6 ways to improve your financial situation

Studying a financial degree and working in a finance type job does not make one a financial expert, and I certainly don’t claim to be one. However, some of my best friends are in industries which have nothing to do with Finance, and they look to me for help so I’ve tried to school myself on these things. I’ve also found that Mac financial software is most helpful during the learning process.

Over the years I’ve realised that many people have no clue how to save/ what to save in, so I thought I’d compile a little list of things you can do now to improve your financial health, regardless of what you earn!

1. Save
I of all people have an issue with saving for some undefined event/ thing in the future- I’m all for short term gratification. I know the rule of thumb is to have the equivalent of your salary for 3 months in savings, but who can afford to do that?!  My tips for saving are: – Short term savings: Save towards something, be it a car deposit, holiday, or iPad. Set monthly savings goals and stick to these. This makes it easier to set aside money than just saving for the sake of it.  – Long term savings: With the economy being the way it is, most of us are at risk of losing our jobs in the future. A “nest egg” is imperative! Set up an endowment fund with an asset manager, like Liberty or Momentum. This means that a debit order will go off your account every month. It makes such a difference to have a debit order going off rather than physically transferring the money yourself- you’re almost forced to save.  The asset manager will then invest your money in a portfolio suiting your risk appetite. Start small, even R100 makes a difference. You can invest for a period of 5 years, after which you will get a payout or choose to reinvest your money. The return on these is way better than a normal savings account. Of course, the downfall is that you won’t have immediate access to your money- but that’s what short term savings are for!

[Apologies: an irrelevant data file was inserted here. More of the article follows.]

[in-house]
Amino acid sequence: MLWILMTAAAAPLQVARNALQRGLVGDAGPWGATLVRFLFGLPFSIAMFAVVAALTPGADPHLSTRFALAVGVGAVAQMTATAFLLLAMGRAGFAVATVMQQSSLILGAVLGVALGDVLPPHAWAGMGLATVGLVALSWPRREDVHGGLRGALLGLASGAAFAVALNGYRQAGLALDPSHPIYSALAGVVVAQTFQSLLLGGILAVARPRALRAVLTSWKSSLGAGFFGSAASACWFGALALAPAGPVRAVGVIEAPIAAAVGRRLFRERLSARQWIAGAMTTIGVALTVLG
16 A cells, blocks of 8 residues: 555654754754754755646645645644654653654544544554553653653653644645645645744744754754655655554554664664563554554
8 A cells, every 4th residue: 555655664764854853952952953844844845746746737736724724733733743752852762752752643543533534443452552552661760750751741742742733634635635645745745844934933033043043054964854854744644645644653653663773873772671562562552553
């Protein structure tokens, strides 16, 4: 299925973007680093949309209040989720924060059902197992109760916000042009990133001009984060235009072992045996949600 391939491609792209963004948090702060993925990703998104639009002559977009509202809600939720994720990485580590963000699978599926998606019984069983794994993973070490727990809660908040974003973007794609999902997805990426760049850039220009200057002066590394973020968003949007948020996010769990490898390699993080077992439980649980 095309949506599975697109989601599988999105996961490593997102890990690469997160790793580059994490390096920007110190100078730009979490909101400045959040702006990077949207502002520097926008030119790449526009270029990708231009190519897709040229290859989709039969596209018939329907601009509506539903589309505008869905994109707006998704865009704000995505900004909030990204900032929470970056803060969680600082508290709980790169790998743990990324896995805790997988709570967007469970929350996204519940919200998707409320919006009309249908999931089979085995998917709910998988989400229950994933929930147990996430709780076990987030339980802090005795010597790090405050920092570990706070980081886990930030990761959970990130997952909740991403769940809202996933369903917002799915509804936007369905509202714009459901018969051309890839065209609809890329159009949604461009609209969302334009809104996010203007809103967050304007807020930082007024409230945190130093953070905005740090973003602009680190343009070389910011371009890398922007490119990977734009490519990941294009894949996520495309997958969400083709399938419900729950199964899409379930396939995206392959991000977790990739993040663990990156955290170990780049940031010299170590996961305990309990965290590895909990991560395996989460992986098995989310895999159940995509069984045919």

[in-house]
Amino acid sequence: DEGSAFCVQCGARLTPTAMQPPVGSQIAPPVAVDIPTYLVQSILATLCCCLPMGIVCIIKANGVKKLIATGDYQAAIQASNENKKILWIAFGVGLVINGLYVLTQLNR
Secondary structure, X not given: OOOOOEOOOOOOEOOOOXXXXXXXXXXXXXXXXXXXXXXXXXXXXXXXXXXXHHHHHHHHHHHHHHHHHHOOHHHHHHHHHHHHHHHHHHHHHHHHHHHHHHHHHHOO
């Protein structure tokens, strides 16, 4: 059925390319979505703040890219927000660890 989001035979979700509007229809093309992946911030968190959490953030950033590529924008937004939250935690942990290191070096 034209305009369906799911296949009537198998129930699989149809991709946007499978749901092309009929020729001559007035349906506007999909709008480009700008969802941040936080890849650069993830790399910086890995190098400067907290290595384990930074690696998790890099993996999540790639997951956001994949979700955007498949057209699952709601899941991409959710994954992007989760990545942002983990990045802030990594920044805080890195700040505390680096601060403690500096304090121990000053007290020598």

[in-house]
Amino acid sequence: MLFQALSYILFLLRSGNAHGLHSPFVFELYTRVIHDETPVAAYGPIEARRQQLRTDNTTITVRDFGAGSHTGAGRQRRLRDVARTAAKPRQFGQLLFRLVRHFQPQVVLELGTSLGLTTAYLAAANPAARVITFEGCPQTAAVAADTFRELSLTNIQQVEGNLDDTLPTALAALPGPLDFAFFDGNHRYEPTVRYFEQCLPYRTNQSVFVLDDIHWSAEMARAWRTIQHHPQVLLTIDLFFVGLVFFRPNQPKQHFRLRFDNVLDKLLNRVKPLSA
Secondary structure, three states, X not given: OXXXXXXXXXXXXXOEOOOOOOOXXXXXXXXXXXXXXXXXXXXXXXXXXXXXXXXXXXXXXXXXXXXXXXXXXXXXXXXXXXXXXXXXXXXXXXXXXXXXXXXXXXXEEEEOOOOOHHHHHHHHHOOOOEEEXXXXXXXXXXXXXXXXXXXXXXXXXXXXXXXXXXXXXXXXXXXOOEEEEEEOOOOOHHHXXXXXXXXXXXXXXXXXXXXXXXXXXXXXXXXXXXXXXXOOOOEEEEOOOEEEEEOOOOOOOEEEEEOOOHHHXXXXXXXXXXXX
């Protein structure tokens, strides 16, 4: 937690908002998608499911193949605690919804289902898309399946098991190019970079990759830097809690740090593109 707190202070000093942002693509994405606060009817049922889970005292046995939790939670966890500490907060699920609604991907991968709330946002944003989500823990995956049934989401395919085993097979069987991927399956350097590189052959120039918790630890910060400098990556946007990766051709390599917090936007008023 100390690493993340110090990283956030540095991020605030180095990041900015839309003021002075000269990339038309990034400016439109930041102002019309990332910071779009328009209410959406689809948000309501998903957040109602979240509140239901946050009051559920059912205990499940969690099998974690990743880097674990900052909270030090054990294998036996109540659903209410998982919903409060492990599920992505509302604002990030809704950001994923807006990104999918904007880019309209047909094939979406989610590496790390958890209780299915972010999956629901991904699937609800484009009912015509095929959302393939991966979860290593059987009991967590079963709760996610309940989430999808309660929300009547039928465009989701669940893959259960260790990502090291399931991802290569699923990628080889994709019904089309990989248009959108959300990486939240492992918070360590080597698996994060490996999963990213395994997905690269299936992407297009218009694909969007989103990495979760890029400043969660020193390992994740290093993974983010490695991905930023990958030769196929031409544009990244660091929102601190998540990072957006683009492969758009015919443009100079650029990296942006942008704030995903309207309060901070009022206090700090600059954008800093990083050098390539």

2. Invest in your future
If you work for a corporate, you’ll most likely have a pension fund. The amount you’ll get from this pension fund is painfully inadequate to sustain you when you reach retirement, so you MUST take out a separate retirement annuity. You don’t want to be 60, unemployed, and living off toast and marmite. You want to enjoy the same standard of living you’re used to.

– Contact Liberty or Momentum or any of the others, and set aside R200-R300 a month for your retirement annuity. There’s also a tax benefit here- If you move jobs, do NOT cash out your pension fund. This is not a bonus for you! This is money for your future, it’s not yours to spend now.

3. Ditch the Debt
I’ve been in that credit card cycle where you spend money on your credit card, pay it off when you get paid, then go into debt again. Once you’re in the cycle it’s difficult to get out, but if you work somewhere where you get a bonus or 13th cheque- use this to get out of debt, then STAY out of debt.